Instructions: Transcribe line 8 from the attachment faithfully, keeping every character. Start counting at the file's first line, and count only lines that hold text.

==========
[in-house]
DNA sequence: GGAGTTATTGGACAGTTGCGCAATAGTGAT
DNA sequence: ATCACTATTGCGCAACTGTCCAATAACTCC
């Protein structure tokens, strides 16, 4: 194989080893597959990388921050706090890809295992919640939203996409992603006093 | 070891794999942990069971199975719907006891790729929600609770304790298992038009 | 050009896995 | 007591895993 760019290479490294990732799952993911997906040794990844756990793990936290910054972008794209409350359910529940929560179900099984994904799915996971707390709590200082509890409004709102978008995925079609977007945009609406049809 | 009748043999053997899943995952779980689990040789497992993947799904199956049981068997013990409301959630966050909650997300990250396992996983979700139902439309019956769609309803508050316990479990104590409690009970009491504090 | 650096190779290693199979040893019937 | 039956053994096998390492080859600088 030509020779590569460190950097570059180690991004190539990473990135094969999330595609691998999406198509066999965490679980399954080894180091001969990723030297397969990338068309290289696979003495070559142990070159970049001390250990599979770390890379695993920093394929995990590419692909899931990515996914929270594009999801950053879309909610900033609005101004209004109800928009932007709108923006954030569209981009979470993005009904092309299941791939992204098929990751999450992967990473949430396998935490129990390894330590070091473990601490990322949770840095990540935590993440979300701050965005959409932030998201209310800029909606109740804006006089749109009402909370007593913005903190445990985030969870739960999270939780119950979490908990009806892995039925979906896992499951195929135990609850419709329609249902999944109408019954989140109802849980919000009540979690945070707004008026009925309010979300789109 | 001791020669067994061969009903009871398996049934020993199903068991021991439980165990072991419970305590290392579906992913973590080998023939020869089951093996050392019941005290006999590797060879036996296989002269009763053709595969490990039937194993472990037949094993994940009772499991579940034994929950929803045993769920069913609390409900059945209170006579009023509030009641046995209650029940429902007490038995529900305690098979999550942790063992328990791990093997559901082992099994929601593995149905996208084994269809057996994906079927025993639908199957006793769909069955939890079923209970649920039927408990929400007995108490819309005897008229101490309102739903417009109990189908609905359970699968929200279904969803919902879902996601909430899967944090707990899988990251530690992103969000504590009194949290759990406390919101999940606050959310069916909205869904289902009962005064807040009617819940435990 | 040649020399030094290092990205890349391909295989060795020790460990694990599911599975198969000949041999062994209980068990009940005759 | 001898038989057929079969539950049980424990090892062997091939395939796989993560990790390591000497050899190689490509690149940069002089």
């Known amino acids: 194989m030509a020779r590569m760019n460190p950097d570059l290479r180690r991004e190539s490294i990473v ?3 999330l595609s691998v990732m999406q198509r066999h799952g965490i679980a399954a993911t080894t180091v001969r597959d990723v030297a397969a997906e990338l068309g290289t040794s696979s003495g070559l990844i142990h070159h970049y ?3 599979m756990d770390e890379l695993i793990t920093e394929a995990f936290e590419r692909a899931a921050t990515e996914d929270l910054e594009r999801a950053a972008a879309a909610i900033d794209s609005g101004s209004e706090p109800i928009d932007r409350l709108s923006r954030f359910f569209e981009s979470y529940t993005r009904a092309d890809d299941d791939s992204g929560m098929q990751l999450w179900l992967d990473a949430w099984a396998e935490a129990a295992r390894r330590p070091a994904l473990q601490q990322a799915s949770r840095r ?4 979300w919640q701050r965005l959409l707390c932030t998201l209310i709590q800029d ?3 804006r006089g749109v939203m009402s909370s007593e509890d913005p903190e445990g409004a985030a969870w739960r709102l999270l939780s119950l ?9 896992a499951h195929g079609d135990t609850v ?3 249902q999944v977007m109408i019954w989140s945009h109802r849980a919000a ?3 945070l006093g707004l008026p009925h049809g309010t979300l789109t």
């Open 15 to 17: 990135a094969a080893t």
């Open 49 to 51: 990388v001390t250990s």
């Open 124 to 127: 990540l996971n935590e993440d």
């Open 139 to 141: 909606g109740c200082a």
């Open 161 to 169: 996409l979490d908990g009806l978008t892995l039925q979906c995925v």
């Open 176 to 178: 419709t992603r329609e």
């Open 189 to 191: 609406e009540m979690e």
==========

């Open 124 to 127: 990540l996971n935590e993440d």